or: Cuno & Otto Dressel Factory in Sonneberg, Germany

The Dressel family toy and doll business in Sonneberg, Germany has a long history, passed from one generation to the next, and by 1873 the company was known as the Cuno & Otto Dressel Factory.

Cuno Dressel died in 1893, and Otto continued the business with his sons Otto Jr. and Ernst.

The production process of creating a doll at the Cuno & Otto Dressel Factory in the early 20th century (Sonneberg, Germany)

Brothers Cuno and Otto Dressel were at least the fifth generation of the family in the toy business when they took ownership of the company in 1873. They were the wealthiest and most famous citizens of Sonnenburg, and the company had an enormous headquarters in a former ducal palace. Their sample rooms showcased more than 20,000 dolls and toys.

The trademark Holz-Masse was granted to the Dressels in 1875. The English translation is “wooden composition.” The mark was used on heads as well as bodies.

Dressel purchased bisque doll heads from noted manufacturers such as Simon & Halbig, Ernst Heubach, Gebrüder Heubach, Limbach, Armand Marseille, and Schoenau & Hoffmeister, they were also supplied by other small doll factories and home workers. Dressel’s largest American client was Butler Brothers.

Dressel expanded to three factories; dolls were produced in Sonneberg, metal toys in Nürnberg, and wood toys in Grunhainichen, Germany.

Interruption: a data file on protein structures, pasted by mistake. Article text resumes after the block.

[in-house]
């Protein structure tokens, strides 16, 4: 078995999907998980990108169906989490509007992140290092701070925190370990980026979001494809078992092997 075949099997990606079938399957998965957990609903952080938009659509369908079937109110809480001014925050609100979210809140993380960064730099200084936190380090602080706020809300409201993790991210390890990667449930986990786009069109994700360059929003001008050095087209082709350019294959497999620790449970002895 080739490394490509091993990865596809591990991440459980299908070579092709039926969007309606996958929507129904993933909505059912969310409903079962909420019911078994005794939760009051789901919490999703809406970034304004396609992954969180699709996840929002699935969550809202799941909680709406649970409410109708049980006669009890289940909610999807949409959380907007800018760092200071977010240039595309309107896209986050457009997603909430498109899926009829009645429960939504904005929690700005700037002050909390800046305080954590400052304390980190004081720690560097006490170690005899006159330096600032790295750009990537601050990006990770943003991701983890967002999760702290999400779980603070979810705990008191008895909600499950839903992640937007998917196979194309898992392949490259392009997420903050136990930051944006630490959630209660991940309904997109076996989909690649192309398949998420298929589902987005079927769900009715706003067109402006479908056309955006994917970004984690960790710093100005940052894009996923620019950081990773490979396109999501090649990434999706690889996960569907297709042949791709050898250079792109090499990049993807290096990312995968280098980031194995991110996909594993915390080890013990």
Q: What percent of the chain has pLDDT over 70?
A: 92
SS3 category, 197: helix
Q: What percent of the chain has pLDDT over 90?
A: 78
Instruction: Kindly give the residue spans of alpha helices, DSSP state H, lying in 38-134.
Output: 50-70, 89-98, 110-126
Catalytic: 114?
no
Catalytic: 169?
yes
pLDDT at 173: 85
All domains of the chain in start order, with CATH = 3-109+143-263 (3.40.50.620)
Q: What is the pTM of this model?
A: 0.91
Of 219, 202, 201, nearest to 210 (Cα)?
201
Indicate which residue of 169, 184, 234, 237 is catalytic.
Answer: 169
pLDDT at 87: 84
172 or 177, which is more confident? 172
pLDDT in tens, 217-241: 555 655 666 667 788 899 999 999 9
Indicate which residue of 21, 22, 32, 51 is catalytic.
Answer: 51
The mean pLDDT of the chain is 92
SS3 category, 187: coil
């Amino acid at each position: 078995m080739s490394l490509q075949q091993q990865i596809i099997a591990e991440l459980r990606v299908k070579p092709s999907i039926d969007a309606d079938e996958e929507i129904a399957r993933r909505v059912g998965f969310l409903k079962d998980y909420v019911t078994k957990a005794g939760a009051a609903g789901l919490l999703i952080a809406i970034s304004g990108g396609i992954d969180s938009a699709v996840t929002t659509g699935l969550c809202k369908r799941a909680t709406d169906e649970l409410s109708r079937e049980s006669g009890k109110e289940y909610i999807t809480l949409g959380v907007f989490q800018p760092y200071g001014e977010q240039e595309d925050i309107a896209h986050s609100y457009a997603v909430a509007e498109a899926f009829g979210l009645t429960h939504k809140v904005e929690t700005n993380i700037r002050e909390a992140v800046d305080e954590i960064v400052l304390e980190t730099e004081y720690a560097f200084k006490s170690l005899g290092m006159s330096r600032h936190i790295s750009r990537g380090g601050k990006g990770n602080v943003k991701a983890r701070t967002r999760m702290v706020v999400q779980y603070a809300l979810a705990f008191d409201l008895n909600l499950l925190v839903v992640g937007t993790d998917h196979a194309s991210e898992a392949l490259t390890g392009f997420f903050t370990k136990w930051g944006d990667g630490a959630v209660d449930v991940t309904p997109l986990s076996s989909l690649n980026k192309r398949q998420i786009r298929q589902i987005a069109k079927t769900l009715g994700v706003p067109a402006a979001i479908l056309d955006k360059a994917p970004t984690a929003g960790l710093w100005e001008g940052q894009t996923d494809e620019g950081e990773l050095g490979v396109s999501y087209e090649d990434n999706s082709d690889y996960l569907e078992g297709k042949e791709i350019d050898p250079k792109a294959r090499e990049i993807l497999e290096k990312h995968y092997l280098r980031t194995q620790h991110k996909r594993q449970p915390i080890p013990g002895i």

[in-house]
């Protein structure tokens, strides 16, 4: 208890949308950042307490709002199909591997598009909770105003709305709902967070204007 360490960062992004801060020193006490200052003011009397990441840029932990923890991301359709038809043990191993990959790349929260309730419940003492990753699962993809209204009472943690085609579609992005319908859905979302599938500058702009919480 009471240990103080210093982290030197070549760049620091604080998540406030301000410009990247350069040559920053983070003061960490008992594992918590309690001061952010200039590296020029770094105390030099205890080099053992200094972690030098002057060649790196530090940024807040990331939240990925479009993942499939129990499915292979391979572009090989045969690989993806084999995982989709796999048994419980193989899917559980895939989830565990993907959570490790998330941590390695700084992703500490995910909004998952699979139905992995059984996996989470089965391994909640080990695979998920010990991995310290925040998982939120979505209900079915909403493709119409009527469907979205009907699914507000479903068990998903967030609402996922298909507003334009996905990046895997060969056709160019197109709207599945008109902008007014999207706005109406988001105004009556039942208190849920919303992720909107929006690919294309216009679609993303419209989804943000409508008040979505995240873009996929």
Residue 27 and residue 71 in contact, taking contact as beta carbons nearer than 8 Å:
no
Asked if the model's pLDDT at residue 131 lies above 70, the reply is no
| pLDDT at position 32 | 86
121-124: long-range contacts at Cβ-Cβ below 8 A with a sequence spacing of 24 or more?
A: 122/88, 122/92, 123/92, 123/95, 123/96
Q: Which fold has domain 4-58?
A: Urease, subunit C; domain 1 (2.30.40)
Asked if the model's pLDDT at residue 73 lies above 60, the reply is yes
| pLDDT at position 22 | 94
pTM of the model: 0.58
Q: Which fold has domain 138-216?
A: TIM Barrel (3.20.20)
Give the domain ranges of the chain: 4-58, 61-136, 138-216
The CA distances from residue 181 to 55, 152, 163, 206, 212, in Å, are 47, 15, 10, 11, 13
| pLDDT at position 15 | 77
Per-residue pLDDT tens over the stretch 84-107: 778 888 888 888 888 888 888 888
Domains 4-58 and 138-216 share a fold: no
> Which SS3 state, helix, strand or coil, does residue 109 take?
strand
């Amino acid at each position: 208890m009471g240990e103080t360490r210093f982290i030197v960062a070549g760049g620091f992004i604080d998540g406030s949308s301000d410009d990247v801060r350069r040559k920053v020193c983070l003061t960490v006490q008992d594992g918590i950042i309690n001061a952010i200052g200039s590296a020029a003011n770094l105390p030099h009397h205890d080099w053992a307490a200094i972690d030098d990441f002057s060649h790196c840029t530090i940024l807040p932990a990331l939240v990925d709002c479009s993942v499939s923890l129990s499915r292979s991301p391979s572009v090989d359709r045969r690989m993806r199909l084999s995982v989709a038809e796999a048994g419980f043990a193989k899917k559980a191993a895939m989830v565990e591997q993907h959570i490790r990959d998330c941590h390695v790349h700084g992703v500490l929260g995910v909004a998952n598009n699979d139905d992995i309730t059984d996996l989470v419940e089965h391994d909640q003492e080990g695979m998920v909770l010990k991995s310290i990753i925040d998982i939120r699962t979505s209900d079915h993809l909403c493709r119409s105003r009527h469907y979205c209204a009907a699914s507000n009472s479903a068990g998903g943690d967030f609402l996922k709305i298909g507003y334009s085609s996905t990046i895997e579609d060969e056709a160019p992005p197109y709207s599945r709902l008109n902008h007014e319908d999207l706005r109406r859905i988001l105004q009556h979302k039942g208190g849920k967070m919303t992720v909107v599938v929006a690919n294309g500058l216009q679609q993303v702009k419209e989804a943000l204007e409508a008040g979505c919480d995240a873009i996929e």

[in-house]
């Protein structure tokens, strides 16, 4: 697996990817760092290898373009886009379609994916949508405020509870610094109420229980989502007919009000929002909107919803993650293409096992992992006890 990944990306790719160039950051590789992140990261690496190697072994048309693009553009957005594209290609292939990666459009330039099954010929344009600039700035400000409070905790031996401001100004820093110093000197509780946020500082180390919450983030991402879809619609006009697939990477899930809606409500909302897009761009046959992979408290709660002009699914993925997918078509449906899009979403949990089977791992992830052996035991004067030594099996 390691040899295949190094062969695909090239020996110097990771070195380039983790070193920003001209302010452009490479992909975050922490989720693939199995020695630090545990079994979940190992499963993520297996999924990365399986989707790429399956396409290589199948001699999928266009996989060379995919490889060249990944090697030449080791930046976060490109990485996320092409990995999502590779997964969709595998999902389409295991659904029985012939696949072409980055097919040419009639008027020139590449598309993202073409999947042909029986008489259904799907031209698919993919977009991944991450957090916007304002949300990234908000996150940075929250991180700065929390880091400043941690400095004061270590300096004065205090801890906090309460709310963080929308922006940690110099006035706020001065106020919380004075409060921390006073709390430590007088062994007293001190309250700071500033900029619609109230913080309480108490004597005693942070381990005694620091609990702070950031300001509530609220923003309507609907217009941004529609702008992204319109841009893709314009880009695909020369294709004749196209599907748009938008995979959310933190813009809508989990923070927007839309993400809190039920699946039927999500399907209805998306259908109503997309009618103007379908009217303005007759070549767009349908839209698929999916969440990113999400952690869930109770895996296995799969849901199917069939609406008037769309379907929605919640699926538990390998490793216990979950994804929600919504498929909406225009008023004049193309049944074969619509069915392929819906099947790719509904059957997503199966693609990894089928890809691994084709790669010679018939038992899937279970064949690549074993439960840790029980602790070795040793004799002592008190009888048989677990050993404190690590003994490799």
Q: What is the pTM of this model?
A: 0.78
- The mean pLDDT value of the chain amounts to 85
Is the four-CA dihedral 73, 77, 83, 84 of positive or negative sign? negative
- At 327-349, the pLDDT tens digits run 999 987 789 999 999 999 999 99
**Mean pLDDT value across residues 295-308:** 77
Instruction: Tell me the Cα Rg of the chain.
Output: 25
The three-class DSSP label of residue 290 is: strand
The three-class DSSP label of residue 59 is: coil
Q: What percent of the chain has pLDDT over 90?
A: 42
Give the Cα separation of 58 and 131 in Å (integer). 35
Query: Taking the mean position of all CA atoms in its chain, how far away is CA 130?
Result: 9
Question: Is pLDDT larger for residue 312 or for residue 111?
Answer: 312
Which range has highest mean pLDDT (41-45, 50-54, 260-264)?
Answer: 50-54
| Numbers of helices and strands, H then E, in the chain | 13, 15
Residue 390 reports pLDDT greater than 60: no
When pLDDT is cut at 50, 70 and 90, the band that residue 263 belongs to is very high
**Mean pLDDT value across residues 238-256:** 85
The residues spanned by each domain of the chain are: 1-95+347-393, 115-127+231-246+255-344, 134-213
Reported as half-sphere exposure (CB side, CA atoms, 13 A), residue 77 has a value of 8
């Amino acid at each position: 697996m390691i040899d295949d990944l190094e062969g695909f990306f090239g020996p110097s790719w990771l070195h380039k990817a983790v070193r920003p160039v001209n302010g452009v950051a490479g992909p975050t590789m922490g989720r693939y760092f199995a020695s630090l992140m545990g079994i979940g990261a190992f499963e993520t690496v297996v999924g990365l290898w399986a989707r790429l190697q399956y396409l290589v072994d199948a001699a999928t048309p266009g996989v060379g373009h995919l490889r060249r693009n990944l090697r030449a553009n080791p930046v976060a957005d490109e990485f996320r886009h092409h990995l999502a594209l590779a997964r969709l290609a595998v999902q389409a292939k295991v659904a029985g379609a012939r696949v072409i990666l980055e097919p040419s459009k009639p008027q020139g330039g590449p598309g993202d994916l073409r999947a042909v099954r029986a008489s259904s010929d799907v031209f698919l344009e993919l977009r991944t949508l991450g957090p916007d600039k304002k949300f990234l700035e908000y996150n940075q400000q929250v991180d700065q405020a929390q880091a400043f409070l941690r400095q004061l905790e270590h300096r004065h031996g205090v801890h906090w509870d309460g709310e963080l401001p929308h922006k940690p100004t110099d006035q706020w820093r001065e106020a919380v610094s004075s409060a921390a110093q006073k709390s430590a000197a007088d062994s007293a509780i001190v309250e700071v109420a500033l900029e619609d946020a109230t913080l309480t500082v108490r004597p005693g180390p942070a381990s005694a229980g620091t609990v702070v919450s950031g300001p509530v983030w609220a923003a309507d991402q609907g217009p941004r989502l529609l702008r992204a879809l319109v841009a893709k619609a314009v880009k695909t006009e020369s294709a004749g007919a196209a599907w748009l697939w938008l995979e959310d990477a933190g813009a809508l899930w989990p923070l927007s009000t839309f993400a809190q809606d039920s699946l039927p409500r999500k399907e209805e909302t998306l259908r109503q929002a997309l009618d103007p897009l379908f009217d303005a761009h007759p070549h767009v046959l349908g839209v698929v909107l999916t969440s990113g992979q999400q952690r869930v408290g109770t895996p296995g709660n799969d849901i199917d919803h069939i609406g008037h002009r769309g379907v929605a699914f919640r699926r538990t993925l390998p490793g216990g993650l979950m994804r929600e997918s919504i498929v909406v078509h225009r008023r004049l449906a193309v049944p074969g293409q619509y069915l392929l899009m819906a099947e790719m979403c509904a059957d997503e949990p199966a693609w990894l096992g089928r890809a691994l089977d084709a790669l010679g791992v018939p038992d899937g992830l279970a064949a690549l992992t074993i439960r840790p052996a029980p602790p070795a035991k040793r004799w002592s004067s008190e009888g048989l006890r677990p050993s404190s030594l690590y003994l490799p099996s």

Over the years Cuno & Otto Dressel produced dolls of bisque, celluloid, china, composition, hard paste, papier mache, wax or wood; Täuflinge or baby, child, lady, and portrait dolls.

The company very actively registered design patents for its dolls. One of these, in 1897, was for a doll jointed with metal springs instead of an elastic cord. In 1901, they patented mechanisms for dolls that could walk, move, and dance.

The Dressels had a huge export business and put a lot of effort into developing dolls that would be light in weight. Butler Brothers were their biggest American customer.

Otto Jr. and Ernst became sole owners of the company with the passing of Otto Sr. in 1908. The firm registered the trademarks Bambina in 1909, and Poppy, for soft stuffed dolls, in 1912.

Otto Jr. retired in 1914. That same year, a massive fire destroyed the entire company complex, but they quickly rebuilt and opened several new branches as well, in Grünhainichen, Nuremberg, and Berlin. The firm continued with a succession of family members in leadership positions, until World War II.

Cuno & Otto Dressel Doll (marked 1912-4) after Dolls’ Stories Hospital


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